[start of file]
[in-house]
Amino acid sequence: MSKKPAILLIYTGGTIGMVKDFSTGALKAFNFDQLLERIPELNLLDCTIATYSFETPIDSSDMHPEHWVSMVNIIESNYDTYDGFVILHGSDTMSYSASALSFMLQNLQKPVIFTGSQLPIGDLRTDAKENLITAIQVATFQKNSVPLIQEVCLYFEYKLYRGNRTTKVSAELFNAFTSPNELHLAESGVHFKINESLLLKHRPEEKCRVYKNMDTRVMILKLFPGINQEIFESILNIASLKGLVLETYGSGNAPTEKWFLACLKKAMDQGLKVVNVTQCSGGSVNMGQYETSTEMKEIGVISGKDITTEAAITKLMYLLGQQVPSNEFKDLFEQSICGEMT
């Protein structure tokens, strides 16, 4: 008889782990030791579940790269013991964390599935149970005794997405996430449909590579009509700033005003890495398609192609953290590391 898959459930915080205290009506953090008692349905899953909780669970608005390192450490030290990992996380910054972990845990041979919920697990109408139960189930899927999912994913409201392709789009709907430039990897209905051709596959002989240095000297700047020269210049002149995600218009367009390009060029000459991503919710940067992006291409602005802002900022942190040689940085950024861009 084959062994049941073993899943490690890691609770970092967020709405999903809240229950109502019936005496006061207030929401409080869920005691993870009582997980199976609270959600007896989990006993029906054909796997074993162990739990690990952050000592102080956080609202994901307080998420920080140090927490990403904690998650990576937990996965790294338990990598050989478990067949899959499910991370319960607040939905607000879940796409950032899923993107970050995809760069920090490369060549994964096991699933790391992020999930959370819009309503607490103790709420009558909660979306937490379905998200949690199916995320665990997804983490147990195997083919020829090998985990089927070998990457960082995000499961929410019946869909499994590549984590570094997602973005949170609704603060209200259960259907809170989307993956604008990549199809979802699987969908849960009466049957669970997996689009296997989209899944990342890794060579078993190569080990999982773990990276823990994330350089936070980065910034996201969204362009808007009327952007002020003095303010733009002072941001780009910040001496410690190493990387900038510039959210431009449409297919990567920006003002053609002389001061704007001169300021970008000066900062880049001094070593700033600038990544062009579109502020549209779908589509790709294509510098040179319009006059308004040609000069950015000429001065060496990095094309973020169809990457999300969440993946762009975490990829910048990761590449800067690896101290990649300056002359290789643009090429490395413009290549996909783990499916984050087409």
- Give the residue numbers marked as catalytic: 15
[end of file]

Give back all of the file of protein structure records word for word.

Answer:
[in-house]
Amino acid sequence: MSKKPAILLIYTGGTIGMVKDFSTGALKAFNFDQLLERIPELNLLDCTIATYSFETPIDSSDMHPEHWVSMVNIIESNYDTYDGFVILHGSDTMSYSASALSFMLQNLQKPVIFTGSQLPIGDLRTDAKENLITAIQVATFQKNSVPLIQEVCLYFEYKLYRGNRTTKVSAELFNAFTSPNELHLAESGVHFKINESLLLKHRPEEKCRVYKNMDTRVMILKLFPGINQEIFESILNIASLKGLVLETYGSGNAPTEKWFLACLKKAMDQGLKVVNVTQCSGGSVNMGQYETSTEMKEIGVISGKDITTEAAITKLMYLLGQQVPSNEFKDLFEQSICGEMT
């Protein structure tokens, strides 16, 4: 008889782990030791579940790269013991964390599935149970005794997405996430449909590579009509700033005003890495398609192609953290590391 898959459930915080205290009506953090008692349905899953909780669970608005390192450490030290990992996380910054972990845990041979919920697990109408139960189930899927999912994913409201392709789009709907430039990897209905051709596959002989240095000297700047020269210049002149995600218009367009390009060029000459991503919710940067992006291409602005802002900022942190040689940085950024861009 084959062994049941073993899943490690890691609770970092967020709405999903809240229950109502019936005496006061207030929401409080869920005691993870009582997980199976609270959600007896989990006993029906054909796997074993162990739990690990952050000592102080956080609202994901307080998420920080140090927490990403904690998650990576937990996965790294338990990598050989478990067949899959499910991370319960607040939905607000879940796409950032899923993107970050995809760069920090490369060549994964096991699933790391992020999930959370819009309503607490103790709420009558909660979306937490379905998200949690199916995320665990997804983490147990195997083919020829090998985990089927070998990457960082995000499961929410019946869909499994590549984590570094997602973005949170609704603060209200259960259907809170989307993956604008990549199809979802699987969908849960009466049957669970997996689009296997989209899944990342890794060579078993190569080990999982773990990276823990994330350089936070980065910034996201969204362009808007009327952007002020003095303010733009002072941001780009910040001496410690190493990387900038510039959210431009449409297919990567920006003002053609002389001061704007001169300021970008000066900062880049001094070593700033600038990544062009579109502020549209779908589509790709294509510098040179319009006059308004040609000069950015000429001065060496990095094309973020169809990457999300969440993946762009975490990829910048990761590449800067690896101290990649300056002359290789643009090429490395413009290549996909783990499916984050087409």
- Give the residue numbers marked as catalytic: 15